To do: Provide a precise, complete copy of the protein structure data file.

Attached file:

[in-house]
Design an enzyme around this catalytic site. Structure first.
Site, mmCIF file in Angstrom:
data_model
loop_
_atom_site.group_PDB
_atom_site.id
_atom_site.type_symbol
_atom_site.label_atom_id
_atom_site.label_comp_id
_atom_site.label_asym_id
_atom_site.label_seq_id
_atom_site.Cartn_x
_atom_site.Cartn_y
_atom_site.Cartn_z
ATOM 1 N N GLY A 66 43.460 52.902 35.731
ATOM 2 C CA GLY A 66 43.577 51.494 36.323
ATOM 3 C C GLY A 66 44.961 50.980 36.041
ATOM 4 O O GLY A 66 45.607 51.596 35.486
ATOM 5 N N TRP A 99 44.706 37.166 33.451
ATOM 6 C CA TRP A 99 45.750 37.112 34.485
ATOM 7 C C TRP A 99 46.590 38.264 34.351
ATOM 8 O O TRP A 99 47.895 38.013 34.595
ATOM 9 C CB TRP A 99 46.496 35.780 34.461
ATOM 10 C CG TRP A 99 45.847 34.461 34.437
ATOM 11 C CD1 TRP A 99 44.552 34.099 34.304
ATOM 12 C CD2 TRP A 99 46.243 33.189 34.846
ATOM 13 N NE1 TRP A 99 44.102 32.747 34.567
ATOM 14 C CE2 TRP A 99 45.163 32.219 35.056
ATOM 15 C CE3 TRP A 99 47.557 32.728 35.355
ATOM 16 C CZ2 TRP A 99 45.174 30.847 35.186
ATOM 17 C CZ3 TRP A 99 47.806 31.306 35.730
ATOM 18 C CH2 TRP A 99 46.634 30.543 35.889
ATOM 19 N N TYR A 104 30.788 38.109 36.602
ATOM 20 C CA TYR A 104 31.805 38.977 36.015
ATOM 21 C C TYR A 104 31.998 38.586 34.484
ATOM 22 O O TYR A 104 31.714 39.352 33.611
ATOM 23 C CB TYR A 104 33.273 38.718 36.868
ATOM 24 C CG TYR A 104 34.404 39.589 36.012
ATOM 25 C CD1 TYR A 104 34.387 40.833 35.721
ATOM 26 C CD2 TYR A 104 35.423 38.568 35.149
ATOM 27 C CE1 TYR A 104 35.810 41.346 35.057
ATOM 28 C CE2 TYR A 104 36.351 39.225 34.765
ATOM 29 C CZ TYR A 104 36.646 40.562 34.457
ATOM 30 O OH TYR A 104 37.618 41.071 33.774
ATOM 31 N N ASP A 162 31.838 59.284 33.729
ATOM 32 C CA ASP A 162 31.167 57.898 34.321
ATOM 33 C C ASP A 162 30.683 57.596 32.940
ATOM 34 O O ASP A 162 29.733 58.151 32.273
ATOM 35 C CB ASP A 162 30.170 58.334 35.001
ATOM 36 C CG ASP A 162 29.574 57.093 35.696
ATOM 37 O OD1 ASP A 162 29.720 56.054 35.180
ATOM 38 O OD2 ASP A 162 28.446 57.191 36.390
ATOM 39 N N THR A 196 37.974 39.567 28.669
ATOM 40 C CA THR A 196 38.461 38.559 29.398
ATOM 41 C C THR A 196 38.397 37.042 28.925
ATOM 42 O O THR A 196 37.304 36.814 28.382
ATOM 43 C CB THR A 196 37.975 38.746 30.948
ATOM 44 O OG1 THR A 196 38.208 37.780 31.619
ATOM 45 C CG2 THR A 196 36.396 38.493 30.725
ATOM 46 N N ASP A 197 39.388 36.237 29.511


[in-house]
Design an enzyme around this catalytic site. Structure first.
Site, mmCIF file in Angstrom:
data_model
loop_
_atom_site.group_PDB
_atom_site.id
_atom_site.type_symbol
_atom_site.label_atom_id
_atom_site.label_comp_id
_atom_site.label_asym_id
_atom_site.label_seq_id
_atom_site.Cartn_x
_atom_site.Cartn_y
_atom_site.Cartn_z
ATOM 1 N N GLY A 66 43.460 52.902 35.731
ATOM 2 C CA GLY A 66 43.577 51.494 36.323
ATOM 3 C C GLY A 66 44.961 50.980 36.041
ATOM 4 O O GLY A 66 45.607 51.596 35.486
ATOM 5 N N TRP A 99 44.706 37.166 33.451
ATOM 6 C CA TRP A 99 45.750 37.112 34.485
ATOM 7 C C TRP A 99 46.590 38.264 34.351
ATOM 8 O O TRP A 99 47.895 38.013 34.595
ATOM 9 C CB TRP A 99 46.496 35.780 34.461
ATOM 10 C CG TRP A 99 45.847 34.461 34.437
ATOM 11 C CD1 TRP A 99 44.552 34.099 34.304
ATOM 12 C CD2 TRP A 99 46.243 33.189 34.846
ATOM 13 N NE1 TRP A 99 44.102 32.747 34.567
ATOM 14 C CE2 TRP A 99 45.163 32.219 35.056
ATOM 15 C CE3 TRP A 99 47.557 32.728 35.355
ATOM 16 C CZ2 TRP A 99 45.174 30.847 35.186
ATOM 17 C CZ3 TRP A 99 47.806 31.306 35.730
ATOM 18 C CH2 TRP A 99 46.634 30.543 35.889
ATOM 19 N N TYR A 104 30.788 38.109 36.602
ATOM 20 C CA TYR A 104 31.805 38.977 36.015
ATOM 21 C C TYR A 104 31.998 38.586 34.484
ATOM 22 O O TYR A 104 31.714 39.352 33.611
ATOM 23 C CB TYR A 104 33.273 38.718 36.868
ATOM 24 C CG TYR A 104 34.404 39.589 36.012
ATOM 25 C CD1 TYR A 104 34.387 40.833 35.721
ATOM 26 C CD2 TYR A 104 35.423 38.568 35.149
ATOM 27 C CE1 TYR A 104 35.810 41.346 35.057
ATOM 28 C CE2 TYR A 104 36.351 39.225 34.765
ATOM 29 C CZ TYR A 104 36.646 40.562 34.457
ATOM 30 O OH TYR A 104 37.618 41.071 33.774
ATOM 31 N N ASP A 162 31.838 59.284 33.729
ATOM 32 C CA ASP A 162 31.167 57.898 34.321
ATOM 33 C C ASP A 162 30.683 57.596 32.940
ATOM 34 O O ASP A 162 29.733 58.151 32.273
ATOM 35 C CB ASP A 162 30.170 58.334 35.001
ATOM 36 C CG ASP A 162 29.574 57.093 35.696
ATOM 37 O OD1 ASP A 162 29.720 56.054 35.180
ATOM 38 O OD2 ASP A 162 28.446 57.191 36.390
ATOM 39 N N THR A 196 37.974 39.567 28.669
ATOM 40 C CA THR A 196 38.461 38.559 29.398
ATOM 41 C C THR A 196 38.397 37.042 28.925
ATOM 42 O O THR A 196 37.304 36.814 28.382
ATOM 43 C CB THR A 196 37.975 38.746 30.948
ATOM 44 O OG1 THR A 196 38.208 37.780 31.619
ATOM 45 C CG2 THR A 196 36.396 38.493 30.725
ATOM 46 N N ASP A 197 39.388 36.237 29.511